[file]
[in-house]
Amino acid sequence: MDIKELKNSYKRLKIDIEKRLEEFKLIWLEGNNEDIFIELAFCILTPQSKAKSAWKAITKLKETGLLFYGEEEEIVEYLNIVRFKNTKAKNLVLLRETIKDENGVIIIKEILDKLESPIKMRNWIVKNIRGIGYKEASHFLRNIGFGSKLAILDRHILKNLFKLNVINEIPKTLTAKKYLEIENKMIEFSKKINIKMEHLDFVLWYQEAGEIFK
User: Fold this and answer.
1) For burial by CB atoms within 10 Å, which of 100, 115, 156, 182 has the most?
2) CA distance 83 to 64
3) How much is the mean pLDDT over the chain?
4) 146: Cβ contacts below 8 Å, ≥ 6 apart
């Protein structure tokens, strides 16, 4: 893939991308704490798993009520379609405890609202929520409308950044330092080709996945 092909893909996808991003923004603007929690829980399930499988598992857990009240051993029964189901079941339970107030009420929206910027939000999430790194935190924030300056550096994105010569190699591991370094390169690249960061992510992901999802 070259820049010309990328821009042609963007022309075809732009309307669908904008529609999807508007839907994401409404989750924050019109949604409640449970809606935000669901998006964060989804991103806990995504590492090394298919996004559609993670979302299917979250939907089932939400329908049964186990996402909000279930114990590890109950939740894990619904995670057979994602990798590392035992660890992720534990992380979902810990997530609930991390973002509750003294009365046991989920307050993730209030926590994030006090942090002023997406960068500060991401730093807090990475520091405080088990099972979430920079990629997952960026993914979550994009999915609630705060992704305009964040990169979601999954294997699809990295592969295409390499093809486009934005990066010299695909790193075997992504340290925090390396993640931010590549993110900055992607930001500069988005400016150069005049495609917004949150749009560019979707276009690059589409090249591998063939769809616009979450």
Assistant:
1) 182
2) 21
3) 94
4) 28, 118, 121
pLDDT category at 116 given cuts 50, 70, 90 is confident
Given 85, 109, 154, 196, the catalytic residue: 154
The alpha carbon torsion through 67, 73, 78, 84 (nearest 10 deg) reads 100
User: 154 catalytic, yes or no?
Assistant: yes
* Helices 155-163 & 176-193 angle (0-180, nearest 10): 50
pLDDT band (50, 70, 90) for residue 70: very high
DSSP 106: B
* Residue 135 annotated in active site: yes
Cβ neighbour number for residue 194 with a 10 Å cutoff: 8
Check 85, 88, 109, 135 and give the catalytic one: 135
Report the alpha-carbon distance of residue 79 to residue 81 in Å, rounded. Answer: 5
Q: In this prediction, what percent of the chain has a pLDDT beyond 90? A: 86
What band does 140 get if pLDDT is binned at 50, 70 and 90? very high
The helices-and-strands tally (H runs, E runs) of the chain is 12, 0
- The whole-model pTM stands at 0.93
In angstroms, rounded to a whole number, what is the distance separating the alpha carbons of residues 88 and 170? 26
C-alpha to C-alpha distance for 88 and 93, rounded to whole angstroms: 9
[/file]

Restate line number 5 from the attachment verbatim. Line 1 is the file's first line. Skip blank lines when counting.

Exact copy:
2) CA distance 83 to 64